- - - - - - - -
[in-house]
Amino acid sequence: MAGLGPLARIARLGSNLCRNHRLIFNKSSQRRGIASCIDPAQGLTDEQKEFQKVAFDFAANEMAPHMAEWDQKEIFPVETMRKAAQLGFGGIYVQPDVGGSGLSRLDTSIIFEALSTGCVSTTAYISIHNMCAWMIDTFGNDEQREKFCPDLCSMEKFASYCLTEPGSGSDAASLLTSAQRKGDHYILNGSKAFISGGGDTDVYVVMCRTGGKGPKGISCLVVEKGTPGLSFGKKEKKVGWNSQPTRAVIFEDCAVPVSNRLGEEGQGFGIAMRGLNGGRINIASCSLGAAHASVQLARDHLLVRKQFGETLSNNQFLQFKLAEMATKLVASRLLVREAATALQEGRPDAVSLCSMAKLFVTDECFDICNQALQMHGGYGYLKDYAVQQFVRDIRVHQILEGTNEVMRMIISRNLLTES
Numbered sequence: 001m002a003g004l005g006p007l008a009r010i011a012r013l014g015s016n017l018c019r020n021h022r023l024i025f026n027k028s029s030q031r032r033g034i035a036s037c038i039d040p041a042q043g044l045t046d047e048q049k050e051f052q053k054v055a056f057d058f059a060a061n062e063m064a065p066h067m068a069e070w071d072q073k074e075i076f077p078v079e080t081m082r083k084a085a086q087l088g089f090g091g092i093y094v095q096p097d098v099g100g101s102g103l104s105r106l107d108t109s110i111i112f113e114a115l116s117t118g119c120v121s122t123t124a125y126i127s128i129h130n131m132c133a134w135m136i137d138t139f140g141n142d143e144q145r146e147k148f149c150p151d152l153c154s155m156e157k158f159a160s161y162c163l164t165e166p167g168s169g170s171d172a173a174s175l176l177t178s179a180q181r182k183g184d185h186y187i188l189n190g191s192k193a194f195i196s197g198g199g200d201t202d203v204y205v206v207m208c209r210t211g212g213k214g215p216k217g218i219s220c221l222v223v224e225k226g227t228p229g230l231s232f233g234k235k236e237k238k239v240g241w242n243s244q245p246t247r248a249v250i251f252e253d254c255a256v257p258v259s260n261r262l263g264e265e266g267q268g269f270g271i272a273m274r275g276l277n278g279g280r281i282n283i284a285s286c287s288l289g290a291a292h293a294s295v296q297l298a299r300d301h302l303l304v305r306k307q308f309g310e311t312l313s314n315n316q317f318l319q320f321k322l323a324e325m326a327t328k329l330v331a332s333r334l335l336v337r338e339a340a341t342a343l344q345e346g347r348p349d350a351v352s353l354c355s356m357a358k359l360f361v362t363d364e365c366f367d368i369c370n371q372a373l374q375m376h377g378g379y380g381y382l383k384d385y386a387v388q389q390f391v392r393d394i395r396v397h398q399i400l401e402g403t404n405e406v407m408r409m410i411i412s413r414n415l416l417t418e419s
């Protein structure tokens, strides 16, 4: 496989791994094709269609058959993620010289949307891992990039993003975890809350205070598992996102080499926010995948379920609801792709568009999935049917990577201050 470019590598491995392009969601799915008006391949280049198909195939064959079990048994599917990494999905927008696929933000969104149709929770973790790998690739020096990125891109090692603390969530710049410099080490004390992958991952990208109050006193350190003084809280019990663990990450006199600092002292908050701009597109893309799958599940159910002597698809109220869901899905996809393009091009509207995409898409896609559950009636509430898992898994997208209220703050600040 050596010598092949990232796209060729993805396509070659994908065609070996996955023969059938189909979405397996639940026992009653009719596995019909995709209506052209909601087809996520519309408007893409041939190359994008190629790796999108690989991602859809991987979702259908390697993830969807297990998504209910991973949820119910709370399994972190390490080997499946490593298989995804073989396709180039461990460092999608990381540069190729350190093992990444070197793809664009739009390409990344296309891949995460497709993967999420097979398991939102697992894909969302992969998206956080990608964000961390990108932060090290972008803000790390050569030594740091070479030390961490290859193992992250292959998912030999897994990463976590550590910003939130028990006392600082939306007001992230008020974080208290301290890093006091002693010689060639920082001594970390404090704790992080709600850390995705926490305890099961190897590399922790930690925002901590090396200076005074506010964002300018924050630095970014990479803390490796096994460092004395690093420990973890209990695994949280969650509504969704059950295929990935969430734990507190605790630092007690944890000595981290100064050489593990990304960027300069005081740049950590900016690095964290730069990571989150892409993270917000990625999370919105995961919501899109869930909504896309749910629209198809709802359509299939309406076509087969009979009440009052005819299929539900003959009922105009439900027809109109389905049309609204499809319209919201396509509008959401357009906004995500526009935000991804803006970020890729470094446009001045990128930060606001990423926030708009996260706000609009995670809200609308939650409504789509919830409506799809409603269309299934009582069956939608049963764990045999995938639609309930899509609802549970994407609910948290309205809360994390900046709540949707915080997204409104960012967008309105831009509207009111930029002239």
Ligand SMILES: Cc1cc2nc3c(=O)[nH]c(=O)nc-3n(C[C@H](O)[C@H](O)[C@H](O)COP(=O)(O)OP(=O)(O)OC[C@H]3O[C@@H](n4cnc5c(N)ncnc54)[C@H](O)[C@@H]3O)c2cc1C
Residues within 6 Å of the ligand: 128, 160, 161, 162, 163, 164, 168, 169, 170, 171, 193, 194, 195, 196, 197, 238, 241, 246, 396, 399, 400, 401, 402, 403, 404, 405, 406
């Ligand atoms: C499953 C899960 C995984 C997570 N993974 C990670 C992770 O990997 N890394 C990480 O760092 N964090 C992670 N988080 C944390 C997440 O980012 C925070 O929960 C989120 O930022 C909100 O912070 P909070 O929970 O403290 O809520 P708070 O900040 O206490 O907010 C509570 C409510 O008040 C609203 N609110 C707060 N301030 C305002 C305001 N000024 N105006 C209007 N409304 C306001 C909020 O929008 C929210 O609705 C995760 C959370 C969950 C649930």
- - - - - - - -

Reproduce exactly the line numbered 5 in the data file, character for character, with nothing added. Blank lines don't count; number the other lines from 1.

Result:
Ligand SMILES: Cc1cc2nc3c(=O)[nH]c(=O)nc-3n(C[C@H](O)[C@H](O)[C@H](O)COP(=O)(O)OP(=O)(O)OC[C@H]3O[C@@H](n4cnc5c(N)ncnc54)[C@H](O)[C@@H]3O)c2cc1C